Madden Bowl XVII: A hot ticket in frozen Dallas

Before last Thursday, the last time I saw Arizona Cardinals wide receiver Larry Fitzgerald in person was at the unveiling of the Madden NFL 10 cover, which took place in April 2009 in New York City’s Times Square. “If I’d asked you before today — April in New York, or February in Dallas: which one would you have guessed would be colder?” I put that question to Fitzgerald while we were both freezing our fingers and toes off at the Coke Zero Black Carpet outside Madden Bowl XVII in Grapevine, TX, with the temperature in the mid-20s and a bone-chilling wind making things worse.

“I would’ve definitely said April in New York,” he told me with a grin. “I mean, this is bizarre.”

If you’re suffering from football hangover, now that the big game has passed and an impending lockout looms ominously over all our heads, don’t worry: just retreat into the world of videogames. EA Sports’ Madden games let you live out your football fantasies, but the pro athletes themselves enjoy the games, too, and EA brings the two together every year at the Madden Bowl.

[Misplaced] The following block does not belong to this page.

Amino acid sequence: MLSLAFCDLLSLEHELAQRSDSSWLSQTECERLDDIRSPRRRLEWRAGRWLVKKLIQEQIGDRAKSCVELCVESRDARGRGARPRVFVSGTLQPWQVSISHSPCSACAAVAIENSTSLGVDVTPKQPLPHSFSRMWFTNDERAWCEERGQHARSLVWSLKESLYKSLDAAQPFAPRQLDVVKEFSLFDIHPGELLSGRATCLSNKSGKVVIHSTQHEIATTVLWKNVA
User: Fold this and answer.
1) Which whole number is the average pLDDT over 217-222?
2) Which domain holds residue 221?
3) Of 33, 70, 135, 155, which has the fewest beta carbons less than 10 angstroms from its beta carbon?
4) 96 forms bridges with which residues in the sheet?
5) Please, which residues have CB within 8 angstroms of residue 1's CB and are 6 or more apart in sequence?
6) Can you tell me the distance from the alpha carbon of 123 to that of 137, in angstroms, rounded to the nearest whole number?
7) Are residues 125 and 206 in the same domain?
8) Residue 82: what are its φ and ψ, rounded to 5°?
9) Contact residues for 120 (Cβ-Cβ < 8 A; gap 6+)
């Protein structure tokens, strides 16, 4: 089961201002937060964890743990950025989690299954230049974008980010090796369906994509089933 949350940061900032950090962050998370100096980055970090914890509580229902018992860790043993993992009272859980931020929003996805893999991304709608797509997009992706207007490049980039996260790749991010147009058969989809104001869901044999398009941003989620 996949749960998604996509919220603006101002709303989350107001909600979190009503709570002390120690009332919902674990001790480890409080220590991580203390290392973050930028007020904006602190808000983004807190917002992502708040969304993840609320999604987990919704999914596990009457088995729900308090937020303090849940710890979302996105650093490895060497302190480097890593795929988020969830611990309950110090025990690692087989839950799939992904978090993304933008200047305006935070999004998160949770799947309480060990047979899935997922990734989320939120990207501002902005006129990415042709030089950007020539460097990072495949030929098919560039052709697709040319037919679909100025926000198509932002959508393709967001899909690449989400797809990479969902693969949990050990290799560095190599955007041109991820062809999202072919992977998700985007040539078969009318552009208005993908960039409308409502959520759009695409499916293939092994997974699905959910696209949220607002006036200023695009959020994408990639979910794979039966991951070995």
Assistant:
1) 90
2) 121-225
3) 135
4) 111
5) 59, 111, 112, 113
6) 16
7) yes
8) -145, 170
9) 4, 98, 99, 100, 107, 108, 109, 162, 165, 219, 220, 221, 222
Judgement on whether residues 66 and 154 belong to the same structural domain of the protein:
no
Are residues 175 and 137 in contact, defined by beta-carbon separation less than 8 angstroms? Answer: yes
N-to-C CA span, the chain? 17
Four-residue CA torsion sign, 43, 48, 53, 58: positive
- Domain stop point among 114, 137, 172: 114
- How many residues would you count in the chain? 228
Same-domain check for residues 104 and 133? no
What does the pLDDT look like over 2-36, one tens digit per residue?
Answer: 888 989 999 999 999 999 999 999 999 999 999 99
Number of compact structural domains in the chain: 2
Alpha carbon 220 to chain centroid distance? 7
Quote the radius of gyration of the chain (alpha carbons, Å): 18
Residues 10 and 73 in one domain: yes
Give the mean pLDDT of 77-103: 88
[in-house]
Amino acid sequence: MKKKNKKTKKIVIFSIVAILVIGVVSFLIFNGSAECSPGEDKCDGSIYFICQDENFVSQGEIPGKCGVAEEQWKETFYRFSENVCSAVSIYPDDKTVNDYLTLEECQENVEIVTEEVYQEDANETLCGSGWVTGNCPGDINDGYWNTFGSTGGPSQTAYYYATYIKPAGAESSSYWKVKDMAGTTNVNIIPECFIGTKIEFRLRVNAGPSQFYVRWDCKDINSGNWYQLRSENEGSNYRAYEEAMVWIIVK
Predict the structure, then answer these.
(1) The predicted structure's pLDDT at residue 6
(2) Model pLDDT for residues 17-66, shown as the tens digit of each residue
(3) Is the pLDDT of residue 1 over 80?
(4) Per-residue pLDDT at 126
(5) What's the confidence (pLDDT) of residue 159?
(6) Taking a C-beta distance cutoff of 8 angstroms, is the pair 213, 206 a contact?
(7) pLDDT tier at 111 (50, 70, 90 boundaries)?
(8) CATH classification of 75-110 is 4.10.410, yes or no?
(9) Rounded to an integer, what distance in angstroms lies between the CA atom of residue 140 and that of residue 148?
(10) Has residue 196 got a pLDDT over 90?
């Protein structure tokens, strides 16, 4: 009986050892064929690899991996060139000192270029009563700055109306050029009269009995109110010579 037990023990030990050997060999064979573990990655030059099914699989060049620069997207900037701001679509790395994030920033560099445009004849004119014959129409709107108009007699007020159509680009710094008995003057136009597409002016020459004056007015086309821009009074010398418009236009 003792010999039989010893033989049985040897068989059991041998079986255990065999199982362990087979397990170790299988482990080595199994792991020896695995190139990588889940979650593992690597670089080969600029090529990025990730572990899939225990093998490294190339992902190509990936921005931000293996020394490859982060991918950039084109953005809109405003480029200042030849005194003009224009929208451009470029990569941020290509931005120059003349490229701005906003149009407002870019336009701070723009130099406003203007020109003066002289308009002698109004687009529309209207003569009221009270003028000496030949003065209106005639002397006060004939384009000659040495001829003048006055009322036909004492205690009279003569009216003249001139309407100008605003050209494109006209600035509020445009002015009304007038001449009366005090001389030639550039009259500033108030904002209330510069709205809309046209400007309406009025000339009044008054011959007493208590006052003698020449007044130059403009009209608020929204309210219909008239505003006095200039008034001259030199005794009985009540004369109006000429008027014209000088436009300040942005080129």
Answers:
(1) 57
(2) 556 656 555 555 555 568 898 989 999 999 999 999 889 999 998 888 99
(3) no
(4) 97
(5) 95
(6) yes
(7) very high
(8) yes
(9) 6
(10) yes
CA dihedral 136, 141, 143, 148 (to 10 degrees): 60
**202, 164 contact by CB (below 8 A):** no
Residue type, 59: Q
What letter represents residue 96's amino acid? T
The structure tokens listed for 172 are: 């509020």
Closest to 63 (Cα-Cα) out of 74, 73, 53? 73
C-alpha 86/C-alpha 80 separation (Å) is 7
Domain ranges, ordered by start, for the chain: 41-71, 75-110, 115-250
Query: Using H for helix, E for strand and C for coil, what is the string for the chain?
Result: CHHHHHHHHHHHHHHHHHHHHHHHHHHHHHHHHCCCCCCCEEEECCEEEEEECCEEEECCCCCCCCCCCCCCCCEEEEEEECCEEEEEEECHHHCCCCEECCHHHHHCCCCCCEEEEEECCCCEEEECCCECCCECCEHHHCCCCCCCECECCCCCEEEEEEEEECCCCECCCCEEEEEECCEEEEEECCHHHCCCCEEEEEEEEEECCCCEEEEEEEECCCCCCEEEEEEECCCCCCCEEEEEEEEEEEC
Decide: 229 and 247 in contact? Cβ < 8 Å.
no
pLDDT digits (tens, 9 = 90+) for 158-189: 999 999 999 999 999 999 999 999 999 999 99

The Madden Bowl is an annual Madden tournament in which football players try to bring each other down on the virtual gridiron. It’s always a great time — even the snow, ice, and below-freezing temperatures in North Texas couldn’t stop athletes and a few celebrities from making their way out to the party. Access Hollywood correspondent Maria Menounos walked by the press on the Black Carpet, commending us all for braving the cold to interview the stars. Rapper Big Boi, who later performed at the event, is a big Madden fan, and has been for “over ten years.” He and his buddies are so serious, in fact, that they often wager on Madden games on the tour bus.